The react parameters are a direct reference for the user to indicate the flow quality. The flow is continuously monitored, and at the end of the interval duration, the statistics are examined to determine whether the threshold specified by the user for the specific parameter has exceeded. If it has, a syslog alarm is generated on the console. Once the alarm is set, no further syslog notifications are issued for the condition.

            The following react parameters are used to configure the policy-map:

            • Media Rate variation (MRV): video monitoring reacts and generates an alarm if the MRV statistic of the flow crosses the user-specified threshold.

            • Delay Factor: video monitoring reacts and generates an alarm if the Delay Factor statistic of the flow crosses the user-specified threshold.

            • Media-Stop: video monitoring reacts and generates an alarm if a flow stops; this is to indicate that no packets were received for the flow during one full monitoring interval.

            • Packet-Rate: video monitoring reacts and generates an alarm if the packet rate of the flow crosses the user-specified threshold.

            • Flow-Count: video monitoring reacts and generates an alarm if the flow count for each class crosses the user-specified threshold.

            SUMMARY STEPS

              1.    configure

              2.    policy-map type performance-traffic policy-map-name

              3.    class type traffic class-name

              4.    react react-id {mrv | delay-factor | packet-rate | flow-count | media-stop}

              5.    threshold type immediate

              6.    threshold value {ge | gt | le | lt | range} limit

              7.    action syslog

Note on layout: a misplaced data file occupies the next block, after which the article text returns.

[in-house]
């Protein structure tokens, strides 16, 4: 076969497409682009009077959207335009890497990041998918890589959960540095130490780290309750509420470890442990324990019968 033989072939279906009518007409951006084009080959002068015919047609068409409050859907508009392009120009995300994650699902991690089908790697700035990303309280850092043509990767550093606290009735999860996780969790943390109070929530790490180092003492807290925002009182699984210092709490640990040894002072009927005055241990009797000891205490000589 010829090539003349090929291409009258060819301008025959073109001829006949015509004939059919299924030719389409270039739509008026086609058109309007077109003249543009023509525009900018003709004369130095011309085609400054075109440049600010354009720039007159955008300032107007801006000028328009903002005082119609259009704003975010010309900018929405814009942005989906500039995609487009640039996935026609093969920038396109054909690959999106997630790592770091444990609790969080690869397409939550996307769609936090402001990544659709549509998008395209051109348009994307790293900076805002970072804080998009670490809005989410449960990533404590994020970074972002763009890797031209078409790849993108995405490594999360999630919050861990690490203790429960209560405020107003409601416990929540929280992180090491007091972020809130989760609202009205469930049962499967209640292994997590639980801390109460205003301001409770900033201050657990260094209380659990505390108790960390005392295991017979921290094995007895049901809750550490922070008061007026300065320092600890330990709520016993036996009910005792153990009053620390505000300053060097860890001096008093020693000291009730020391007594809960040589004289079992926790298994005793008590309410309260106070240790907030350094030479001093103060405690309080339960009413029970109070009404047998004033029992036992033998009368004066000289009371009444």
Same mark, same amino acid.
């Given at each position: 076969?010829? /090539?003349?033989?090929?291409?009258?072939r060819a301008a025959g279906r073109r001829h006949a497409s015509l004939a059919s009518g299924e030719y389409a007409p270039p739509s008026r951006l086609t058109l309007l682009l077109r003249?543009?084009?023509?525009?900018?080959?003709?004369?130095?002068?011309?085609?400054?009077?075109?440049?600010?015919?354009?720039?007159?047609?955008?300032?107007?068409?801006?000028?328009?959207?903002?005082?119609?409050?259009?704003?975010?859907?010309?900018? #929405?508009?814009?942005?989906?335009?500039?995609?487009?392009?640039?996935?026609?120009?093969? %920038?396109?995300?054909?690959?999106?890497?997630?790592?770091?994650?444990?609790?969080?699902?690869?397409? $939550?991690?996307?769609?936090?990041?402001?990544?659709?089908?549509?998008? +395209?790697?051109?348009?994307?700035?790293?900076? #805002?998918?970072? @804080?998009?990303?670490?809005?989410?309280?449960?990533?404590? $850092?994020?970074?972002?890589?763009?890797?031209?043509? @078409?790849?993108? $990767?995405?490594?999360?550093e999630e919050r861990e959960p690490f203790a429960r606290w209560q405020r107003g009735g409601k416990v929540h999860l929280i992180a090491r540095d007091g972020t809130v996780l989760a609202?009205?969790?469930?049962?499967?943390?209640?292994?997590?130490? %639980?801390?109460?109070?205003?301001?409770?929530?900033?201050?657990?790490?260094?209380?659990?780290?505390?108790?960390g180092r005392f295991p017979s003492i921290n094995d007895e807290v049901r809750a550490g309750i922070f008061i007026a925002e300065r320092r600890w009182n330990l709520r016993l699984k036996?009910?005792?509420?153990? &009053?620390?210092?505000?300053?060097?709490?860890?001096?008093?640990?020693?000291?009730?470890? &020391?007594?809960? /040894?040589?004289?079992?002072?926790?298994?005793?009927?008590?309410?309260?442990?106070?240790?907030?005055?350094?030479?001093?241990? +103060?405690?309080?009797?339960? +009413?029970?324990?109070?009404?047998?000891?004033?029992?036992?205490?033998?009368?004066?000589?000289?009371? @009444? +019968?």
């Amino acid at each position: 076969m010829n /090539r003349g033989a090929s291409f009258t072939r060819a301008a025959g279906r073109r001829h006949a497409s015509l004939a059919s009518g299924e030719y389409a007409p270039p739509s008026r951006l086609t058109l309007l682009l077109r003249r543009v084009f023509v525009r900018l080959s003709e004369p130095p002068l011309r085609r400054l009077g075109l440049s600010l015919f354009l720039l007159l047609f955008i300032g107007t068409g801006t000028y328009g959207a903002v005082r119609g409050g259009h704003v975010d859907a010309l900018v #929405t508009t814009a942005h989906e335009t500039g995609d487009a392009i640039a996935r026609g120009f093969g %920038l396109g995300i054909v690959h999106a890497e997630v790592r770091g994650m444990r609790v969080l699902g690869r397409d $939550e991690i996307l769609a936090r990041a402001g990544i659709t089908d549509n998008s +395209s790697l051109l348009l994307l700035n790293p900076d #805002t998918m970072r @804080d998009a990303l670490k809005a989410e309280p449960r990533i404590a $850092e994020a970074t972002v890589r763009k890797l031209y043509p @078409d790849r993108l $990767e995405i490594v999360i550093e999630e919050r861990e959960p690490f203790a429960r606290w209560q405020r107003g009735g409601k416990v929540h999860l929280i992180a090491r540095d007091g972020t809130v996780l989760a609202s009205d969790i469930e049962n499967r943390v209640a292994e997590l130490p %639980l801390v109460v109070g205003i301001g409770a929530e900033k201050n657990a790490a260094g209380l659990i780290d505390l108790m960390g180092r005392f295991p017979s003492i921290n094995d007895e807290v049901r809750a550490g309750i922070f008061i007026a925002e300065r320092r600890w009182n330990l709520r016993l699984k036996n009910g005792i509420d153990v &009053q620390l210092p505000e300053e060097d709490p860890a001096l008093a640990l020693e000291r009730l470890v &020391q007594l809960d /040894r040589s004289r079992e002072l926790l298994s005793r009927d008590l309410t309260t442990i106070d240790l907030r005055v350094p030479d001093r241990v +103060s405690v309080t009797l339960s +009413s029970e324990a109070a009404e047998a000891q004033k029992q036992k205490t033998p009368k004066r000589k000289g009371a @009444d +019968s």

8.    alarm severity {error | critical | alert | emergency}

              9.    alarm type {discrete | grouped}

              10.    Use the commit or end command.


            DETAILED STEPS
               Command or ActionPurpose
              Step 1 configure


              Example:
              RP/0/RSP0/CPU0:router# configure
               

              Enters global configuration mode.

               
              Step 2policy-map type performance-traffic policy-map-name


              Example:
              RP/0/RSP0/CPU0:router(config)# policy-map type performance-traffic policy1
              
              
               

              Enters the policy-map mode. The policy-map type should always be entered as performance traffic.

               
              Step 3class type traffic class-name


              Example:
              RP/0/RSP0/CPU0:router(config-pmap)# class type traffic class-name
              
              
               

              Enter the class-map to be matched for this policy. Multiple classes can be specified for a single policy.

               
              Step 4react react-id {mrv | delay-factor | packet-rate | flow-count | media-stop}


              Example:
              RP/0/RSP0/CPU0:router(config- pmap-c)# react 1 mrv
              
              
               

              Enters the react parameter configuration submode. The react ID specified here needs to be unique for each class.

              Note   

              For the media-stop react parameter, the threshold-type and threshold-value options are not applicable. For the flow-count react parameter, the alarm-type option is not applicable.

               
              Step 5threshold type immediate


              Example:
              RP/0/RSP0/CPU0:router(config- pmap-c-react)# threshold type immediate
              
              
               

              Specifies the trigger type for the threshold. Currently, the available threshold type is immediate.